11.5 C
Friday, March 31, 2023

Diplomacy: Erdogan doll – setback for Sweden’s NATO bid?

Must read

- Advertisement -

Turkey has been blocking Sweden and Finland’s access to NATO for months. The fact that activists in central Stockholm are hanging a doll of President Erdogan by its feet is not well received in Ankara.

- Advertisement -

A protest with an Erdogan doll hung by its feet in central Stockholm has sparked new tensions between Turkey and Sweden. In response, the Turkish government summoned the Swedish ambassador and canceled a planned visit by the Swedish parliament speaker Andreas Norlén to Ankara. Sweden’s path to NATO, which Turkey has been blocking for months, has now gained another hurdle.

- Advertisement -

In response to the Russian war of aggression against Ukraine, Sweden and Finland applied for NATO membership in May 2022. The process is currently still stuck in a blockade by Turkey. Ankara accuses Sweden in particular of not taking decisive action against people and groups that Ankara calls “terrorist”. Ankara repeatedly makes the same accusations against Germany and France, both of which are NATO partners.

Protest action near the town hall

“The PKK and YPG are laying mines in Sweden on the way to NATO membership. It is now up to Sweden to clear these mines or knowingly step on them,” said Turkish Foreign Minister Mevlut Cavusoglu on the controversial action in Stockholm. He blamed supporters of the banned Kurdish Workers’ Party PKK and the Syrian Kurdish militia YPG, which Ankara considers an offshoot of the PKK, for the incident and then called it “racist” and a “hate crime”.

The protest action had taken place within sight of Stockholm City Hall. Photos on social media showed a doll resembling President Recep Tayyip Erdogan being hung by its feet there. Behind it were apparently activists from a Swedish organization that describes itself as “a network for solidarity and exchange with the revolutionary movement throughout Kurdistan”. They wanted to put Erdogan close to the fascist Italian dictator Benito Mussolini, whose body had been hung upside down in Milan in 1945.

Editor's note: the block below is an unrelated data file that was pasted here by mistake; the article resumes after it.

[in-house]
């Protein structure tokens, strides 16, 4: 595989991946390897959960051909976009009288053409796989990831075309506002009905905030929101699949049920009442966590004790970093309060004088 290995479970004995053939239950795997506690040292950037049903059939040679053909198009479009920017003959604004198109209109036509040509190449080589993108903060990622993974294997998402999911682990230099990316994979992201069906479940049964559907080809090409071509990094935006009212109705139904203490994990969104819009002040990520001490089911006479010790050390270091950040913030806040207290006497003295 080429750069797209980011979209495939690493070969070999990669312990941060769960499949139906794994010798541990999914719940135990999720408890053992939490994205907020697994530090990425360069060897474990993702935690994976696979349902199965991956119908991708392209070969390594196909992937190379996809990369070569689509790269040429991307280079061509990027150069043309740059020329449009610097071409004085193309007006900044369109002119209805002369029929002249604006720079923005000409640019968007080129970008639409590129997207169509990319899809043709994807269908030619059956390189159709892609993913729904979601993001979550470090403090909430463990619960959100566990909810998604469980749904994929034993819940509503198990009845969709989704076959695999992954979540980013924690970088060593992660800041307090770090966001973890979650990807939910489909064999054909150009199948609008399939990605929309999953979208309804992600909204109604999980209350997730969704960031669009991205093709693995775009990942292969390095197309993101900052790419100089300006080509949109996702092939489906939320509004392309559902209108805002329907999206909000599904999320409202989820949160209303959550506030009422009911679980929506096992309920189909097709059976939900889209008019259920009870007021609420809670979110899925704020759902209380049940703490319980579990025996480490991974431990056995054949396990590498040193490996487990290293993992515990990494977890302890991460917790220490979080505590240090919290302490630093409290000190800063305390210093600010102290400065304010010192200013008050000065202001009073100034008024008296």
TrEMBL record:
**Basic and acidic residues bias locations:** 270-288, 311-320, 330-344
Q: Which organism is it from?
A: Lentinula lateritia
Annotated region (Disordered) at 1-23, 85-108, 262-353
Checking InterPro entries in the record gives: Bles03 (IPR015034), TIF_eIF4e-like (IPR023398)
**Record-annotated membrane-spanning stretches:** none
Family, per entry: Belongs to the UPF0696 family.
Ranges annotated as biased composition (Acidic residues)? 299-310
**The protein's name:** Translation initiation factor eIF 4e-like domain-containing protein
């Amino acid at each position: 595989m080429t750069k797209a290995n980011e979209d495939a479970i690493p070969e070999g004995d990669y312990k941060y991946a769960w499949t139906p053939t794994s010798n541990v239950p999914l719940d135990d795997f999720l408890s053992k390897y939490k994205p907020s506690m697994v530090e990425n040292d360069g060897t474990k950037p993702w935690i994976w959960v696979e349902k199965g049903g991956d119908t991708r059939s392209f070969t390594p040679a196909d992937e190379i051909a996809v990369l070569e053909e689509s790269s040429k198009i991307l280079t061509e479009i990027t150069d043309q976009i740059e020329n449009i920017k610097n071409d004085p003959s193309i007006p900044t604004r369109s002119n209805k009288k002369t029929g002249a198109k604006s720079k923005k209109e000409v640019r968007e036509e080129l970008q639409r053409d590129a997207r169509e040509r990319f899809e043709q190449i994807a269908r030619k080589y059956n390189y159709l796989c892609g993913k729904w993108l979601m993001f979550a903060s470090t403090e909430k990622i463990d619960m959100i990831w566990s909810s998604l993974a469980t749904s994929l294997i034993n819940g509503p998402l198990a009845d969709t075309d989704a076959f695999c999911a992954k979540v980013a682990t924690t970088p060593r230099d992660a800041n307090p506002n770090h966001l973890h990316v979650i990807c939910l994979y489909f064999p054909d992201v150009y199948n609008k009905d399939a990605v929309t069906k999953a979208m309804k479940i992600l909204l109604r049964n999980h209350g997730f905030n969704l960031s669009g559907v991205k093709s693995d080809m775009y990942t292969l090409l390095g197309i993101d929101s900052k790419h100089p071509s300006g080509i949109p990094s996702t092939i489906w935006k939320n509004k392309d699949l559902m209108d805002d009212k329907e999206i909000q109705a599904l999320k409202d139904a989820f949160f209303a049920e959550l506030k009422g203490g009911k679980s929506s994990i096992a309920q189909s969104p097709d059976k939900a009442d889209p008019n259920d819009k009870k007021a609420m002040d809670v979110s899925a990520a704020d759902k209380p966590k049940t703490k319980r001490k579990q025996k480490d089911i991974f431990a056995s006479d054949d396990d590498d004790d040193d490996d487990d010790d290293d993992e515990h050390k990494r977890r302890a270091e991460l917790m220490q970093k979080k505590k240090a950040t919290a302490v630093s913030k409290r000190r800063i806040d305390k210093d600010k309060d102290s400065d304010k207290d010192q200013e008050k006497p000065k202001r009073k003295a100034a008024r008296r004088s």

Numerous Turkish government politicians sharply condemned the protest. As the state news agency Anadolu reported, the Turkish public prosecutor’s office also launched investigations after a lawyer had filed a criminal complaint against Erdogan. Norlén’s planned visit to Ankara next week has been cancelled.

The Swedes condemn the action

In Stockholm they expressed understanding for the Turkish reaction. “I understand that the Turkish side is reacting sharply to what happened in Stockholm. I felt a deep sense of unease myself,” Norlén told SVT radio station. He was looking forward to the visit to the Turkish parliament and will now call his Turkish counterpart instead.

Prime Minister Ulf Kristersson also condemned the action. It is bad and disgusting in every respect, he said at a press conference with EU Commission President Ursula von der Leyen in Kiruna, northern Sweden. In a country where leading politicians have already been murdered twice, something like this has to be taken extremely seriously. Kristersson was referring to the deadly attacks on former Foreign Minister Anna Lindh in Stockholm in 2003 and former Prime Minister Olof Palme in 1986.

He understands Turkey’s anger at the incident, Kristersson said. His government would have reacted in the same way if such an action had been directed against leading Swedish politicians in another country. Referring to NATO, he said it was a matter of “sabotage” the Swedish and Finnish applications – with the express aim of preventing membership.

Source: Stern

- Advertisement -

More articles


Please enter your comment!
Please enter your name here

- Advertisement -

Latest article